The two-year Crossroads program puts TAY on a rapid pace toward that end goal. The major focus in the first year is learning to trust and work with mental and residential health support teams, along with building relationships. TAY have to be up by 9 a.m., go to school, keep their regular therapist appointments, clean their apartments and be properly dressed in the morning – a structure many TAY have no experience with. The second year of the Crossroads program builds on the first year’s knowledge by adding employment, house or apartment hunting, and practical life skills. “Crossroads provides youth with many firsts in their lives, such as structure and rules that are administered with caring and compassion. They learn skills to assist them with their future independence and ongoing recovery. The youth become a community in the true sense of the word as they support and encourage each other on a daily basis. It is remarkable to see the growth and commitment of the youth in the program,” states Timothy Durick, Psy.D., mental health director for the Tulare County Health & Human Services Agency.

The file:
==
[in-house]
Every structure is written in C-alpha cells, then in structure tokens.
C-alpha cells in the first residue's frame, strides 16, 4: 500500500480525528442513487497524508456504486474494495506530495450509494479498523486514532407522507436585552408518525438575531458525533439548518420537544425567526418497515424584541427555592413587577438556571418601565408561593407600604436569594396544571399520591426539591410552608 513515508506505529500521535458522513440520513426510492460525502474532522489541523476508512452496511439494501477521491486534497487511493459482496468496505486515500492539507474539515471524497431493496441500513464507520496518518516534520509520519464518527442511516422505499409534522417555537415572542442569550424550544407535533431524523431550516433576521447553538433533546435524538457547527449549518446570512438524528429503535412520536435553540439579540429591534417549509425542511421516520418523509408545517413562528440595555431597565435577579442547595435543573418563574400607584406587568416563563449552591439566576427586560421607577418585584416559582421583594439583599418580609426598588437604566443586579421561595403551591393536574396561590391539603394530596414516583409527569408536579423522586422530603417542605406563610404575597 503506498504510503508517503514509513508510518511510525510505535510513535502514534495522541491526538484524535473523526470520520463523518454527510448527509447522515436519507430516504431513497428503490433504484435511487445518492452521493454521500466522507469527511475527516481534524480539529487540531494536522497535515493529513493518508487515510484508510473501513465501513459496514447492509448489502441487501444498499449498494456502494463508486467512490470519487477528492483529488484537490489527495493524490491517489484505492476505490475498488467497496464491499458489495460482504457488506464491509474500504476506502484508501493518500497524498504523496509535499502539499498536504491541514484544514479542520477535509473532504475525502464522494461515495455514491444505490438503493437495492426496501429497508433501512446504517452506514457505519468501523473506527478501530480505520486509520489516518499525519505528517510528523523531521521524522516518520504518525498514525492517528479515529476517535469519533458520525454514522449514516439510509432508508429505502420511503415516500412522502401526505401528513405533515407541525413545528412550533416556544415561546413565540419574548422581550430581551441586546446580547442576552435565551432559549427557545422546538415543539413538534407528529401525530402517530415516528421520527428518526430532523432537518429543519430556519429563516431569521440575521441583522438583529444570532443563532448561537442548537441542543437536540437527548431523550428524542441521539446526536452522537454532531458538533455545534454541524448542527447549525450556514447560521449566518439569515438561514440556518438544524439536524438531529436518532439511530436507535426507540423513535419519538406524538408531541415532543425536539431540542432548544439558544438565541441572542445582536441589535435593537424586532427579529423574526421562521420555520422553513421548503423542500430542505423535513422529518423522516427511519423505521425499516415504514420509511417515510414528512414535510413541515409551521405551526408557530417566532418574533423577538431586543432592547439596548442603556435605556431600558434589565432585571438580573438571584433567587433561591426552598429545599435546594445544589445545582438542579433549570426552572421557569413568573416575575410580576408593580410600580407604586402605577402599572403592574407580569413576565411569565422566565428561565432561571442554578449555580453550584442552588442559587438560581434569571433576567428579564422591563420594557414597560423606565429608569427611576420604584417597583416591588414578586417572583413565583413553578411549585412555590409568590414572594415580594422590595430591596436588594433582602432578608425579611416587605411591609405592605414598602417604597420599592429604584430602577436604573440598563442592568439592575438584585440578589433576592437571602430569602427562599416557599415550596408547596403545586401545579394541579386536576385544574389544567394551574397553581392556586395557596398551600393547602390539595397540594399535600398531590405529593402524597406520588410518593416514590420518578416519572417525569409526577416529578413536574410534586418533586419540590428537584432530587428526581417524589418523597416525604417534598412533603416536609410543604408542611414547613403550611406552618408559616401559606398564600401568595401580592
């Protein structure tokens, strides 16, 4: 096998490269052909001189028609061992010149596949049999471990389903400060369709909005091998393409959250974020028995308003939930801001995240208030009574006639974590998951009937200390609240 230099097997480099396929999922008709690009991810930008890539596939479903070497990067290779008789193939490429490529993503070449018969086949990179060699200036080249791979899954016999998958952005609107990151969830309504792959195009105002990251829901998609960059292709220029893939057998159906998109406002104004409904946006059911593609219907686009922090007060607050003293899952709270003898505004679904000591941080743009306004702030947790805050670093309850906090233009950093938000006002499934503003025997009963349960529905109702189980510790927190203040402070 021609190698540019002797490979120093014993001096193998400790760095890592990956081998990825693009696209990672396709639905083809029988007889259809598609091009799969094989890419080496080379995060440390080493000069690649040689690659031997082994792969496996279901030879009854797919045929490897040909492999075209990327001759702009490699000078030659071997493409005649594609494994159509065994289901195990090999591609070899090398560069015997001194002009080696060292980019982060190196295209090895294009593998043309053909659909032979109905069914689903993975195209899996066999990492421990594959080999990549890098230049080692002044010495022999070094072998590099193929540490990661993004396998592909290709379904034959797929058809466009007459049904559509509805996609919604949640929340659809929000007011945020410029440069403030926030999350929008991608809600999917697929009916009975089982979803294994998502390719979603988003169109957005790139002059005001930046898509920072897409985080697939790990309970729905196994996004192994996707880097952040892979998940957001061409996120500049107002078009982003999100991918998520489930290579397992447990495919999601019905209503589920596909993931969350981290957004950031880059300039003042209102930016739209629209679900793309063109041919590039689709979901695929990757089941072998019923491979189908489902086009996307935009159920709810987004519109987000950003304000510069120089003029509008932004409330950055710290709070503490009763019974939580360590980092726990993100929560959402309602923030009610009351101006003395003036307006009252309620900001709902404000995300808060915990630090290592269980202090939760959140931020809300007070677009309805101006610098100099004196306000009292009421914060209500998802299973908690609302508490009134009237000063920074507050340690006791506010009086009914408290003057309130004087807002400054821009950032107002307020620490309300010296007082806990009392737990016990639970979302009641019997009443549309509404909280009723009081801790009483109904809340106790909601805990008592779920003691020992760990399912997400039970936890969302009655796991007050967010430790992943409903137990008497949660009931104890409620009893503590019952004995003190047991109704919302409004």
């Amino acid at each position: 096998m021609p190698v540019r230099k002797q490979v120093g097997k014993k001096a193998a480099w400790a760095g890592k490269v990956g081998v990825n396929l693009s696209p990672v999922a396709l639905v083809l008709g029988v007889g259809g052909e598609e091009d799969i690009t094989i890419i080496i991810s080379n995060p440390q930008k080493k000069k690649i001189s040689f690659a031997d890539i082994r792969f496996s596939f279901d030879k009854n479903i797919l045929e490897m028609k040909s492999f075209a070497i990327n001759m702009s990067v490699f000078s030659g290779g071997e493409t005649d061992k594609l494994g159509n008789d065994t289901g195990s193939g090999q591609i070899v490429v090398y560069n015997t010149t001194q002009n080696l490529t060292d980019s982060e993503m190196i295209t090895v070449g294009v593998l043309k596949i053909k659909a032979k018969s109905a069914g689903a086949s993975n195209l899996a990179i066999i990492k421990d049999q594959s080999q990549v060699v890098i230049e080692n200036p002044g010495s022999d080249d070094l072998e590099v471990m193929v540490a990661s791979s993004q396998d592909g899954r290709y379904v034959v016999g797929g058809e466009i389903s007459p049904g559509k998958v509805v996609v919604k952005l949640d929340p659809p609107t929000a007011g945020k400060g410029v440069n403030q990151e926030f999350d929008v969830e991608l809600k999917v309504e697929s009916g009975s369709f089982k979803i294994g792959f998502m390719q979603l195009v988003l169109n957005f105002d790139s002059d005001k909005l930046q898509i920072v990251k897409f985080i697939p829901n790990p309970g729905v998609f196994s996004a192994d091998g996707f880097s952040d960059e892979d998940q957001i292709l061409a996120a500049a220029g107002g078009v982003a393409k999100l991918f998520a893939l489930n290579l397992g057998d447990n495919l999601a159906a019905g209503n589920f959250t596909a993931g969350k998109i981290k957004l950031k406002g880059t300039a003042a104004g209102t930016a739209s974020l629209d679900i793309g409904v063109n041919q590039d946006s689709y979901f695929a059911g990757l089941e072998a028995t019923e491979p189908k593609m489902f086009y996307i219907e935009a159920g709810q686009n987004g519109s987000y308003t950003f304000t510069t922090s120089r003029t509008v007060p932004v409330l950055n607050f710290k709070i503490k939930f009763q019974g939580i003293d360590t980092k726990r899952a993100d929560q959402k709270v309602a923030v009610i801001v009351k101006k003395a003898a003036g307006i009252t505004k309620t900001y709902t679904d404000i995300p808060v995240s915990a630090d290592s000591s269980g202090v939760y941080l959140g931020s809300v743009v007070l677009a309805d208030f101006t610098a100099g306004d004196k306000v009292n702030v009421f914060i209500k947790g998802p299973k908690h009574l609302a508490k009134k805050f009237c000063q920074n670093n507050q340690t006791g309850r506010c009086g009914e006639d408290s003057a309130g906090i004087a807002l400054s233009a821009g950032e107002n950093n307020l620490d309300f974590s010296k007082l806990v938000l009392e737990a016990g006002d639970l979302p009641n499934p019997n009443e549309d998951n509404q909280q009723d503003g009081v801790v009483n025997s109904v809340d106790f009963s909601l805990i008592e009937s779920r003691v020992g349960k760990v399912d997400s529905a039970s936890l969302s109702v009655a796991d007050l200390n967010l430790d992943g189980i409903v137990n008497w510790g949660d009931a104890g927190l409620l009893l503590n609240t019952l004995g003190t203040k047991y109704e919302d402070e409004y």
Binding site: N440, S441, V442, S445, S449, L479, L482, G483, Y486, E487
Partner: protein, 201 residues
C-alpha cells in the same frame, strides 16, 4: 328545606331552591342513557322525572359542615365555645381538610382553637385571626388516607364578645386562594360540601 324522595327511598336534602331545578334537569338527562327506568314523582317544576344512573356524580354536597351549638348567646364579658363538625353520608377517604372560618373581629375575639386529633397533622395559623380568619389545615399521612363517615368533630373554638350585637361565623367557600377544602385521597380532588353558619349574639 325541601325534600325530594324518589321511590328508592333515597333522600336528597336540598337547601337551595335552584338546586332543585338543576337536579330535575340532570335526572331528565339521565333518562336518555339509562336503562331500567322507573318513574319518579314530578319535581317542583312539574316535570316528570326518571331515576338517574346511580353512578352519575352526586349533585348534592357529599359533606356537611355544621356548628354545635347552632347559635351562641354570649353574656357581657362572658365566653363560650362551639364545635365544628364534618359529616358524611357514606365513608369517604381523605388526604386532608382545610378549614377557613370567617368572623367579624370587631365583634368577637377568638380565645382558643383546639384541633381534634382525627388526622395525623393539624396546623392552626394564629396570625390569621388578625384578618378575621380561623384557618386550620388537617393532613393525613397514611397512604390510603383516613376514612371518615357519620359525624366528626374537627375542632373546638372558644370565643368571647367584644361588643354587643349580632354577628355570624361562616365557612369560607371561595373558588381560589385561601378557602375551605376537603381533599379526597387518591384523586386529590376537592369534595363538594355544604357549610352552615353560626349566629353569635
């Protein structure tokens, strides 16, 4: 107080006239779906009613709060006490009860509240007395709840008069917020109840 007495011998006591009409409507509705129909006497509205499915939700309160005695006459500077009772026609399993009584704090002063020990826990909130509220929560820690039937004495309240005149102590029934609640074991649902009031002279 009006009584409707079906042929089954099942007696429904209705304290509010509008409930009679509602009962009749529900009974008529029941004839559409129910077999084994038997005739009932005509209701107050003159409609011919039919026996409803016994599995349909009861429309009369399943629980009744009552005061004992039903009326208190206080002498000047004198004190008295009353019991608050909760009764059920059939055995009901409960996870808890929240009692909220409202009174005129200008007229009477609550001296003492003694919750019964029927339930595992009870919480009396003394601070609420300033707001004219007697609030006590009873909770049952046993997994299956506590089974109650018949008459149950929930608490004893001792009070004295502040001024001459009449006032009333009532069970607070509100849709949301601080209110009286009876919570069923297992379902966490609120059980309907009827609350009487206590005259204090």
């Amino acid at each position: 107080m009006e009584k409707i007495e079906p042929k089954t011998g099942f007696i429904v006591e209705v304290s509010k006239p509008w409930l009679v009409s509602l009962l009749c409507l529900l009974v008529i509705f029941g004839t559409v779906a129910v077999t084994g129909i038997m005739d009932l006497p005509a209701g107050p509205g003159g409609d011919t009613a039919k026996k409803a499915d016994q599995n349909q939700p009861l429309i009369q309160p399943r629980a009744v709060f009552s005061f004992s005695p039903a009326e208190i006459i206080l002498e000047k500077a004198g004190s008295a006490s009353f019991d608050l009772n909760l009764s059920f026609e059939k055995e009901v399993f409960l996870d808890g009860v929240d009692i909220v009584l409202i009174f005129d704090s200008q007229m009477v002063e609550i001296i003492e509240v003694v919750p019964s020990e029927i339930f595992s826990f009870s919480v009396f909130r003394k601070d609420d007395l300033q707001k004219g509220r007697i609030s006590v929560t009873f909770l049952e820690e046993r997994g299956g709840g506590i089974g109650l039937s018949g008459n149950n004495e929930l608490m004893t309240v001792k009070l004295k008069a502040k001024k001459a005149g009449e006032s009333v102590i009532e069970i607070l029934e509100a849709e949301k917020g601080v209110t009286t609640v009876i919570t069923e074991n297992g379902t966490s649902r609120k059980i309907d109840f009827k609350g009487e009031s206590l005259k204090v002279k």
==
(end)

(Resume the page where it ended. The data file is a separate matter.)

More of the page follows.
Crossroads provides support groups, exercise and classes on grocery shopping and budgeting, along with learning how to schedule a day. At the Crossroads wellness and recovery centers, TAY can learn to cook, use computer labs, create art and design projects all within the scope of a wellness model. Many TAY “were neglected or experienced systems and situations in which they were not seen or treated like persons,” says Lupkes. “At some point during the two-year program, TAY begin to realize they can manage living within a community setting.”
Penny says she was upset at first by having to adhere to the TAY program schedule and could not understand the structure she was asked to abide by. She also says it was a difficult transition, but she started to attend peer meetings and soon became involved with a local community group for women and girls, which led to her participation in the ACT Female Leadership Academy.